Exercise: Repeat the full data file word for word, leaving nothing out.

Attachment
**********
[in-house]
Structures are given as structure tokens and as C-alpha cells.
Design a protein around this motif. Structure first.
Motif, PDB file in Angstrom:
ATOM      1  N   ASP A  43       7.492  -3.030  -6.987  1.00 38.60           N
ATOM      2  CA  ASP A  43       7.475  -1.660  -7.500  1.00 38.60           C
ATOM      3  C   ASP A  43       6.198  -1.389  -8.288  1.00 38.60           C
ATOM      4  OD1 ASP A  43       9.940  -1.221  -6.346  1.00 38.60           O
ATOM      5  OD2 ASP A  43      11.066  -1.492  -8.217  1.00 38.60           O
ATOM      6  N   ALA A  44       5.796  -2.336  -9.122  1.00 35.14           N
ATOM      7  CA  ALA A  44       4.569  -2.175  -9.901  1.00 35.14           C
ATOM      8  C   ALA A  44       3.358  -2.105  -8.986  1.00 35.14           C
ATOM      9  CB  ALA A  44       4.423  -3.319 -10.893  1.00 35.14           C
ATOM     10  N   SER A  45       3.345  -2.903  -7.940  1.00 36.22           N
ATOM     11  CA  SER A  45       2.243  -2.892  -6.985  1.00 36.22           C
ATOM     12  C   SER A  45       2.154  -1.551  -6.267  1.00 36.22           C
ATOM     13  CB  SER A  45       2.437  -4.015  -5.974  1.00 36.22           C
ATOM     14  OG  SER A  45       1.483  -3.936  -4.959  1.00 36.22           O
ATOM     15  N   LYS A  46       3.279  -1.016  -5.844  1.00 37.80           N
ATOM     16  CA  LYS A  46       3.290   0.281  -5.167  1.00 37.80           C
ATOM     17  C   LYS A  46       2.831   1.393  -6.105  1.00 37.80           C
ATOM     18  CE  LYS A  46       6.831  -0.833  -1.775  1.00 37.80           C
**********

[in-house]
Structures are given as structure tokens and as C-alpha cells.
Design a protein around this motif. Structure first.
Motif, PDB file in Angstrom:
ATOM      1  N   ASP A  43       7.492  -3.030  -6.987  1.00 38.60           N
ATOM      2  CA  ASP A  43       7.475  -1.660  -7.500  1.00 38.60           C
ATOM      3  C   ASP A  43       6.198  -1.389  -8.288  1.00 38.60           C
ATOM      4  OD1 ASP A  43       9.940  -1.221  -6.346  1.00 38.60           O
ATOM      5  OD2 ASP A  43      11.066  -1.492  -8.217  1.00 38.60           O
ATOM      6  N   ALA A  44       5.796  -2.336  -9.122  1.00 35.14           N
ATOM      7  CA  ALA A  44       4.569  -2.175  -9.901  1.00 35.14           C
ATOM      8  C   ALA A  44       3.358  -2.105  -8.986  1.00 35.14           C
ATOM      9  CB  ALA A  44       4.423  -3.319 -10.893  1.00 35.14           C
ATOM     10  N   SER A  45       3.345  -2.903  -7.940  1.00 36.22           N
ATOM     11  CA  SER A  45       2.243  -2.892  -6.985  1.00 36.22           C
ATOM     12  C   SER A  45       2.154  -1.551  -6.267  1.00 36.22           C
ATOM     13  CB  SER A  45       2.437  -4.015  -5.974  1.00 36.22           C
ATOM     14  OG  SER A  45       1.483  -3.936  -4.959  1.00 36.22           O
ATOM     15  N   LYS A  46       3.279  -1.016  -5.844  1.00 37.80           N
ATOM     16  CA  LYS A  46       3.290   0.281  -5.167  1.00 37.80           C
ATOM     17  C   LYS A  46       2.831   1.393  -6.105  1.00 37.80           C
ATOM     18  CE  LYS A  46       6.831  -0.833  -1.775  1.00 37.80           C